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Paris, je t'aime

A 2006 international anthology film comprising of 18 short films set in Paris, France.

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A Quick Tip by gmosaki

  • Jul 14, 2010
Interesting mix of vignettes of life in Paris by many different directors.
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More Paris, je t'aime reviews
review by . August 14, 2010
posted in Movie Hype
What happens in Paris.....
Paris, Je T'aime is a series of seemingly unrelated vignettes, each about 5 minutes long. As the film progresses, connections begin to build. This is a movie about Paris and the way this enigmatic, iconic city affects those who live there or visit, and each of the short segments has a charm of its own. Happy or sad, tragic or hopeful, these characters, whom we have barely enough time to know, make their humanity manifest in all the most important ways. The scenic elements are fantastic, setting …
review by . October 07, 2007
posted in Movie Hype
It's always fun to have a film experience where one can go through new territory that stimulates and surprises. 'Paris Je' T'aime' is such a movie. Made like an exceptional French five-course meal, we are given mini-films that are shot and set in different arrondissements (districts, roughly) in Paris, France. Sporting an all-star cast and directed by a who's who of directors, `Paris...' offers a tasty variety of stories and scenes. While certain courses will always be favorites, all the items are …
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Gwynne Osaki ()
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Member Since: Jul 12, 2010
Last Login: Jul 24, 2014 03:59 AM UTC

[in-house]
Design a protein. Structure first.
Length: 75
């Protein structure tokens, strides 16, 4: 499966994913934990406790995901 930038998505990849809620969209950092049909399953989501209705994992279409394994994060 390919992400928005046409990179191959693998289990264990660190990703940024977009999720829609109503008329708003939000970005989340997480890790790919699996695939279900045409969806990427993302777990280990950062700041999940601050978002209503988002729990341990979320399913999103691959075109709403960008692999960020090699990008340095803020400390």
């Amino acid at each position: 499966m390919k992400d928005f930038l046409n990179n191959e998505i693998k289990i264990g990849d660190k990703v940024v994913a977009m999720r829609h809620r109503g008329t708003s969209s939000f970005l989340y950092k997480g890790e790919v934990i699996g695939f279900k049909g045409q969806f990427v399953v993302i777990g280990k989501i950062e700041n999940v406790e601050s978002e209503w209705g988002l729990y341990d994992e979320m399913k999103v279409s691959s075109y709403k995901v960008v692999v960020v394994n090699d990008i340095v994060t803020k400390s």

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Even with the impressive talent involved,Paris, je t'aime could've ended up like a fallen soufflé. Though all 18 films aren't equally successful, they hit the mark more often than not. Romantics anticipating happy love stories set amongst the City of Lights may be disappointed to find that many are quite sad and that some parts of Paris are less inviting than others (each takes place in a different district). Further, the shorts aren't all en Français, since the actors and directors hail from around the world, but their outsider perspectives lend the project depth. The strongest entries are provided by Gurinder Chadha (Quais De Seine), Gus Van Sant (Le Marais), Oliver Schmitz (Place des Fêtes), and Alexander Payne (14ème Arrondissement), but all find interesting ways to explore cultural misunderstandings. In Joel and Ethan Coen's tragic-comic Tuileries, tourist Steve Buscemi angers a couple simply by making eye contact. Like Miranda Richardson in Isabelle Coixet's heartbreaking Bastille, he does all his acting with his expressive face. And while Maggie Gyllenhaal speaks the language adroitly in Olivier Assayas's intriguing Quartier des Enfants Rouges, Nick Nolte (purposefully) mangles it in Alfonso Cuarón's surprisingly weak Parc Monceau. The anthology ends with Payne's audio-postcard, in which Margo Martindale's postal carrier narrates her vacation in awkward, but endearing French. Instead of another ...
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